A few weeks ago, we took at look at how last year’s food predictions played out. This week, it’s time to start looking ahead, with new food and restaurant forecasts from New York consultants Joseph Baum & Michael Whiteman Co. and San Francisco-based Andrew Freeman & Co.
First to business
Baum & Whiteman’s report brings a hopeful note for fine-dining restaurants, many of which have been struggling to fill seats since the downturn began. “Average spend may not rebound fully, and lunches will still be weak, but at least seats will be filled at dinner — and not necessarily with coupon-bearing bargain hunters who are something of a plague among recession-battered mid-priced casual restaurants.”
Freeman sees another bright spot, as more couples jump into the industry, self-funding their own small restaurants and putting their personal stamps on every aspect of the meal, often with one-of-a-kind results such as the Garden Grown Herb Salad Topped with Homemade Curds and Whey with Eucalyptus Oil at Sons & Daughters in San Francisco. Freeman also looks forward to more single-purpose eateries dedicated to doing one thing extremely well, such as the American Grilled Cheese Kitchen. “Don’t be surprised to see the Peanut Butter Palace, French Dippity Dog or even The Big Biscuit, serving biscuit sandwiches and benedicts,” he writes.
On the downside, restaurants are more likely to implement cost-cutting measures that come at the cost of customer service, Baum & Whiteman predict. Practices such as eliminating credit cards and reservations, raising wine-by-the-glass prices and setting limits on how long guests can occupy a table may save pennies but they have the potential to cost restaurants dearly in terms of reputation and customer loyalty.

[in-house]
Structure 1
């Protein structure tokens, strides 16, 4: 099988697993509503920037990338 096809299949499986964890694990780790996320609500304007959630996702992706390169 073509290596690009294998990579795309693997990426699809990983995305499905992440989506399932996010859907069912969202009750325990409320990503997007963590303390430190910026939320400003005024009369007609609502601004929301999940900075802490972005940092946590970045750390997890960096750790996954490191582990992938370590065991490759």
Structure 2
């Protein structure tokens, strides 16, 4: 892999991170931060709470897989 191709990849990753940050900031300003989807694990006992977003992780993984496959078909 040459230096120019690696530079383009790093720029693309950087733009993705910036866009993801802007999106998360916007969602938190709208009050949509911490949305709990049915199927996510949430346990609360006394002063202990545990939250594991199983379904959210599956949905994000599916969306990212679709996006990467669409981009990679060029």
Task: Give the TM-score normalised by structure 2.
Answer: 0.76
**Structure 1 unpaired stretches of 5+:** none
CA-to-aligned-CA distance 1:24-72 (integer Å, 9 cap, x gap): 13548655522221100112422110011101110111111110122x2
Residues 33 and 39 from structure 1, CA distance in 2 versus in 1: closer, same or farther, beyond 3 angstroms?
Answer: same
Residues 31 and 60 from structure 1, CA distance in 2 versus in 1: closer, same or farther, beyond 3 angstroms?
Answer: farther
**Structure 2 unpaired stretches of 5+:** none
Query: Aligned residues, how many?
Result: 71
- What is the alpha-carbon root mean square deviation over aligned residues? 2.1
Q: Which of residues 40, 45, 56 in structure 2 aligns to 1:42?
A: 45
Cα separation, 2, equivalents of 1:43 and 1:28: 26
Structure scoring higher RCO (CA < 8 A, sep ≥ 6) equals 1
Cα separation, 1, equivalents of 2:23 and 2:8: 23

Another word of caution: eateries will see more competition than ever from non-traditional players, especially drug stores and convenience stores, a trend most likely to impact quickserves and fast casuals. Expect to see more quickserve chains respond by striking deals to open their own branded eateries inside more of the stores, as they seek to reclaim their customers.
Finally on the business side, eateries will continue to battle competition from growing armies of food truck operators, spurring more municipalities to consider new regulations that make it tougher to launch mobile eateries.
Now for the foodies
Both reports say the cupcake craze has crested, and Freeman predicts that pie will take its place next year. Frozen treats will also be hot, especially ice pops, write Baum & Whiteman. Not the traditional cherry and orange ice pops of your childhood, the new generation of frozen stuff is focused on fresh, local ingredients, resulting in often exotic products like tamarind and passion fruit at La Newyorkina in Manhattan and Mexican chocolate and orange-mango-ancho at Locopops in Raleigh, N.C.
On the savory side, new twists on classic Italian dishes are appearing everywhere, from the growth of artisan, wood-fired pizza places complete with mozzarella bars to The Meatball Shop in New York that regularly boasts lines for its five kinds of meatballs and four kinds of sauces; the new concepts are likely to spur copycats in 2011, Baum & Whiteman predict.
A sampler of other flavor predictions
From Baum & Whiteman:
* Sandwiches will get more ethnic, from Mexican cemitas to Vietnamese banh mi
* “Gross is good.” Restaurants will concoct more calorie bombs and consumers will gobble them up, despite knowing what’s good for them.
* Grits are likely to gain in popularity beyond breakfast
And three from Freeman:
* Meatless Mondays and veggie-centric menus will continue to expand
* Speaking of veggies – many will find new fans who find they love their sprouts and turnips, as long as they’re fried
* Chefs will add flavors by finishing more dishes with smoked olive oil, smoked butter and even smoked cumin